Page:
24 August 2011


Hurricane Irene has become a huge storm as of 2040 UTC, 24 Aug 2011, with hurricane-force winds extending 50 miles from the center, and tropical storm-force winds extending up to 205 miles from the center. Credit: NASA/GOES Project Science.
A stitched hemispherical view on 24 Aug 2011. You can see the low pressure systems to the north in Canada steering Irene. Credit: NASA/GOES Project Science.
Low and high pressure systems across North America influencing Irene's path and, ultimately, her landfall. Credit: GOES/SFSU.
Infrared image showing cloud tops at 20:45 UTC, 24 Aug 2011. The highest clouds are powerful bearers/drivers of wind and rain. Credit: NASA.
Sea surface tempertaures (Celsius) are a vital part of Hurricane Irene's fuel on the run north up the Gulf Stream. Water temperatures are 1-3°F warmer than average this year between North Carolina and New York, making Irene a wetter than average hurricane. Credit: NOAA.
A top-down view of rain intensities within Irene on 23 Aug 2011. Though Irene does not appear to have an eye in visible satellite imagery (the solid white center shows that it is still completely covered over with cloud), TRMM reveals an eye surrounded by a complete eyewall of varying rain intensities deep down under the cloud tops. The eyewall forms a complete circle in the rain field at the center of the image. The northeast corner of the eyewall contains an area of intense rain (darker red area), while the southern portion contains only light rain (shown in blue). Moderate rain (green areas) makes up the rest of the eyewall. The storm is still fairly asymmetrical, however, with most of the surrounding rain northeast of the center. Credit: NASA Earth Observatory. Images produced by Hal Pierce and caption by Steve Lang and Hal Pierce.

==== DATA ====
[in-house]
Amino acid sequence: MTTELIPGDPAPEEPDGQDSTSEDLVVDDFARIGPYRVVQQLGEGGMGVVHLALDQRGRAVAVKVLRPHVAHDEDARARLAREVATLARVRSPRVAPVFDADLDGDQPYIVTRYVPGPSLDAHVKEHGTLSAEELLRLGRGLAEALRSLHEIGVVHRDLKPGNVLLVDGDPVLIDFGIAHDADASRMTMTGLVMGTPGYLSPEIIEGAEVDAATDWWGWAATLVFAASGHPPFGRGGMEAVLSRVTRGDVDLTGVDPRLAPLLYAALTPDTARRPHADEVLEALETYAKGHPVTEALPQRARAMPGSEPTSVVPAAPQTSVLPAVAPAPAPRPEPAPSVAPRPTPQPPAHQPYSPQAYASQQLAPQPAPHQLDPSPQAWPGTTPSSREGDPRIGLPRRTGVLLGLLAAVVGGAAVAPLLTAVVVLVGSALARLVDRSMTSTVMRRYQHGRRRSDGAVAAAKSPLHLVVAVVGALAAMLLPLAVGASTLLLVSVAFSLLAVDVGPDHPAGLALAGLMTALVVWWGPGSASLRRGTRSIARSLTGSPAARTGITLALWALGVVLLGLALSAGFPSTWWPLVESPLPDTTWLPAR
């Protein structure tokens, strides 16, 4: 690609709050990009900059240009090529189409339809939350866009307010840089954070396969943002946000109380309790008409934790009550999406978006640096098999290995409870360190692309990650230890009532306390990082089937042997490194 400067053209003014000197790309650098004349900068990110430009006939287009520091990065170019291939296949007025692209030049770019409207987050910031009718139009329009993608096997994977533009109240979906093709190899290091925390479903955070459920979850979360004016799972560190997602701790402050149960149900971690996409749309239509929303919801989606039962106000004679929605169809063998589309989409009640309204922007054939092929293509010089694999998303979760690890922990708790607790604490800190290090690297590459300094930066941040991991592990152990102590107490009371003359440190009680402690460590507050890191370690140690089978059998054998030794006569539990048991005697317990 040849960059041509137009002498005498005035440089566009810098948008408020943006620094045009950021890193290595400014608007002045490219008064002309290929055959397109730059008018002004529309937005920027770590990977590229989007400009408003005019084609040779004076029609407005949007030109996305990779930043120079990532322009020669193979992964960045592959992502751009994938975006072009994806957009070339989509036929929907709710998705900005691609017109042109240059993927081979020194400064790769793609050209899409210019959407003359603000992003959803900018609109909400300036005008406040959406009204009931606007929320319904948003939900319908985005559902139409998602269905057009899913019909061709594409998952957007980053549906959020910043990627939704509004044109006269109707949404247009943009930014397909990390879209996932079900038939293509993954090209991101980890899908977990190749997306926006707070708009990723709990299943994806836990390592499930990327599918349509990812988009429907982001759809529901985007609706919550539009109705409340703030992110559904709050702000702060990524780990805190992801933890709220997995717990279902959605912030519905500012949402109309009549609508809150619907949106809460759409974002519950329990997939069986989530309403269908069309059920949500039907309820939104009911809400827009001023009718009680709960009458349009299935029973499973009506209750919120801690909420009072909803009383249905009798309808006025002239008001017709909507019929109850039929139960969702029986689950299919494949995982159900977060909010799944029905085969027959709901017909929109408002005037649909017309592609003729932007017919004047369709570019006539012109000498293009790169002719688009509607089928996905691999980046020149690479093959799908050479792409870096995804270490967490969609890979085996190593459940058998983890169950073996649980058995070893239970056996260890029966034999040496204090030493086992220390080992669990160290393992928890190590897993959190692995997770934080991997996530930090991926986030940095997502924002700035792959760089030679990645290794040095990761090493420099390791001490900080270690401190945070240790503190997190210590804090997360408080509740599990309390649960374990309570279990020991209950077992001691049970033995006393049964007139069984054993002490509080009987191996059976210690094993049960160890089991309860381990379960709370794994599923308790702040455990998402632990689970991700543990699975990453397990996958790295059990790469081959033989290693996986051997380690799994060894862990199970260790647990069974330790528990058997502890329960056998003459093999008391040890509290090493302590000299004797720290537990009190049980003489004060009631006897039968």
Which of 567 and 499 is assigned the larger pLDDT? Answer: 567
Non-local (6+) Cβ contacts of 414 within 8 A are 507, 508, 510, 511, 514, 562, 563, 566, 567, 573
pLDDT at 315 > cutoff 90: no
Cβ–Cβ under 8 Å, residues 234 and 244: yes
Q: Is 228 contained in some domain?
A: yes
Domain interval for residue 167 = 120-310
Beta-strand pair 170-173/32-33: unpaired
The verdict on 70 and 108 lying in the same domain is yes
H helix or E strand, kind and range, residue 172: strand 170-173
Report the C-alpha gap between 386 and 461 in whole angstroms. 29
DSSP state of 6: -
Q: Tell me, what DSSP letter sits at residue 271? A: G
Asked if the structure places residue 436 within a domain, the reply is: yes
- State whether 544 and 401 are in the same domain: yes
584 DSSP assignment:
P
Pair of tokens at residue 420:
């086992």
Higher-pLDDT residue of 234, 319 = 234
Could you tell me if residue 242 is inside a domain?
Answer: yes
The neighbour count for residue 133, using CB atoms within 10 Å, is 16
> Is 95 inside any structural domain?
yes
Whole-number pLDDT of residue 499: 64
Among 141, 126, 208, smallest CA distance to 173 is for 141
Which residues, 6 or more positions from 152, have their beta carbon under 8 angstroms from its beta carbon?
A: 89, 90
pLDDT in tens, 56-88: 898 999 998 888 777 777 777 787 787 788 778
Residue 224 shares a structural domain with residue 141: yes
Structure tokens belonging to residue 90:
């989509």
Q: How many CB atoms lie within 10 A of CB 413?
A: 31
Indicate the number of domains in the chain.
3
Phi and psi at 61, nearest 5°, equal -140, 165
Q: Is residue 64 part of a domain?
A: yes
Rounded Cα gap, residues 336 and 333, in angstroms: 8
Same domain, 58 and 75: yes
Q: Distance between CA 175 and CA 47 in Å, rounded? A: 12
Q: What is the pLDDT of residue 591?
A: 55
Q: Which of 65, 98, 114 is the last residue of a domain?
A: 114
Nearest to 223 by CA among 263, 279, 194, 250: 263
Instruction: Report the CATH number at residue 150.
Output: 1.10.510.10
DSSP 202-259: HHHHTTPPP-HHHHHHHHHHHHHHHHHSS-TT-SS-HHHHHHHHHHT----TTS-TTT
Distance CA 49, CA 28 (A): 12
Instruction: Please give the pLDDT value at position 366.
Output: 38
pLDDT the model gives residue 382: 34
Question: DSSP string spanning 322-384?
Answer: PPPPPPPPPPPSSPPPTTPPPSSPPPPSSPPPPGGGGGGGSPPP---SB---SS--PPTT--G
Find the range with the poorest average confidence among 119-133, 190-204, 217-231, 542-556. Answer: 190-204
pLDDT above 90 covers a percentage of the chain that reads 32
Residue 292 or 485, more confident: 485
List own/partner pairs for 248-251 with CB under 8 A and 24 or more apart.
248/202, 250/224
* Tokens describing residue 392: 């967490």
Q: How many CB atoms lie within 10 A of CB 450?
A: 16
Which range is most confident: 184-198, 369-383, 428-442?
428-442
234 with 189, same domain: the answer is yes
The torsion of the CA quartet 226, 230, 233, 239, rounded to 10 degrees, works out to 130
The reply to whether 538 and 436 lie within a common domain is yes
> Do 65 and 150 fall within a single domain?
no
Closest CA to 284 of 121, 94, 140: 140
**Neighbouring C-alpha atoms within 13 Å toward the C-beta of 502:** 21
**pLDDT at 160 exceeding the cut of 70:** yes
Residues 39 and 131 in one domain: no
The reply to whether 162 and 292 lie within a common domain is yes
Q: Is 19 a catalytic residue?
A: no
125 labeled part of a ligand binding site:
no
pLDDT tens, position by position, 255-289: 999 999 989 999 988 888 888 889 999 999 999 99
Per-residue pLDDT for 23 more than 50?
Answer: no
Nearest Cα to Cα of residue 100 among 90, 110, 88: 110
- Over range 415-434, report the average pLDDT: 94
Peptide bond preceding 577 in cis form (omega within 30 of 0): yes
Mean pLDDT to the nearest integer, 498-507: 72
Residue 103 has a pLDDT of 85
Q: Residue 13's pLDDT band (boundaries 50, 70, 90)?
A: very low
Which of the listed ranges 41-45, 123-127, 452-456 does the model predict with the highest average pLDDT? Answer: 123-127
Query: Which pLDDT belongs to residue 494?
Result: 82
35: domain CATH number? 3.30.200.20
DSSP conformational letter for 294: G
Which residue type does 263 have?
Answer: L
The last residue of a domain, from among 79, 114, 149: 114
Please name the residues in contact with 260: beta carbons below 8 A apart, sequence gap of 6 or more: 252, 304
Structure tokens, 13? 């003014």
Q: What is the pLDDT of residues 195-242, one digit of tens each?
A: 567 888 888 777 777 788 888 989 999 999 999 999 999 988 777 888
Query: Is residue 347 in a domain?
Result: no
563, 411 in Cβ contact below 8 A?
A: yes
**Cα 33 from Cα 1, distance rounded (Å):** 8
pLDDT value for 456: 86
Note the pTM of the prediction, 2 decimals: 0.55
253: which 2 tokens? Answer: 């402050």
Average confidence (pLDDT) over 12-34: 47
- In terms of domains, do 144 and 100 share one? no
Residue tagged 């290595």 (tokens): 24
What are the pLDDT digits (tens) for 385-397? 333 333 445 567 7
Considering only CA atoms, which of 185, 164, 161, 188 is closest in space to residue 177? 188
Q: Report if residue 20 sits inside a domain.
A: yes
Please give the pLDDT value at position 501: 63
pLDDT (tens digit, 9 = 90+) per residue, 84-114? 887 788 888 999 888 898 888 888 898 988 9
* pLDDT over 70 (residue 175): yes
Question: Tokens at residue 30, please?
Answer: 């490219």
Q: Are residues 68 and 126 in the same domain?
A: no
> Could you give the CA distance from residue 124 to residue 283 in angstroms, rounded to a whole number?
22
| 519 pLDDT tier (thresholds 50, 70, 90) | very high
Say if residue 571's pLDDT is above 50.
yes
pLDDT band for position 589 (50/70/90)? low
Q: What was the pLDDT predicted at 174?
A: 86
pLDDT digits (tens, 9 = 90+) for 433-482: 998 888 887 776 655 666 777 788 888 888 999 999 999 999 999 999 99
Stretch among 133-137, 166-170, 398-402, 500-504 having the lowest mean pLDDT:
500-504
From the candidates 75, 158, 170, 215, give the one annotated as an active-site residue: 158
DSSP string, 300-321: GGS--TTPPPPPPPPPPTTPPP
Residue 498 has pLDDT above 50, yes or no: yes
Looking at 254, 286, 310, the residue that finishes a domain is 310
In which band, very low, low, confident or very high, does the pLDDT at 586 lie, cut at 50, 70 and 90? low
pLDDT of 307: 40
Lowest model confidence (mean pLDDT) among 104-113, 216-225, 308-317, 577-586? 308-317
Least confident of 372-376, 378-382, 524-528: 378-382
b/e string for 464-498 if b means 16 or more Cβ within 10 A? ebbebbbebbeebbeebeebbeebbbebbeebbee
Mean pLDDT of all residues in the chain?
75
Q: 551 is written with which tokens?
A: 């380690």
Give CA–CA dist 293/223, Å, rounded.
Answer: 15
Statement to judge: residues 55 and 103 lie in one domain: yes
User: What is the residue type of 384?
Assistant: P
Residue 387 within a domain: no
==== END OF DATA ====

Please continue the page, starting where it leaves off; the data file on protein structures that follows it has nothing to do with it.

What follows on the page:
Taken at the same time as image above, shows a three dimensional view of Irene. Areas in red mark the tops of deep convection towers where precipitation-sized particles are being carried higher into the atmosphere by strong thunderstorms. These storms within a storm can intensify tropical cyclones and hurricanes by releasing large amounts of heat, known as latent heat, via condensation. This heat can intensify the hurricane’s circulation especially when released near its core. Credit: NASA Earth Observatory. Images produced by Hal Pierce and caption by Steve Lang and Hal Pierce.
Irene at 22:15 UTC, 24 Aug 2011. The low angle of the day's last visible light illuminates the highest cloud tops in spiral bands to the southeast, north, and far to the northeast of the storm's center. Credit: NOAA.
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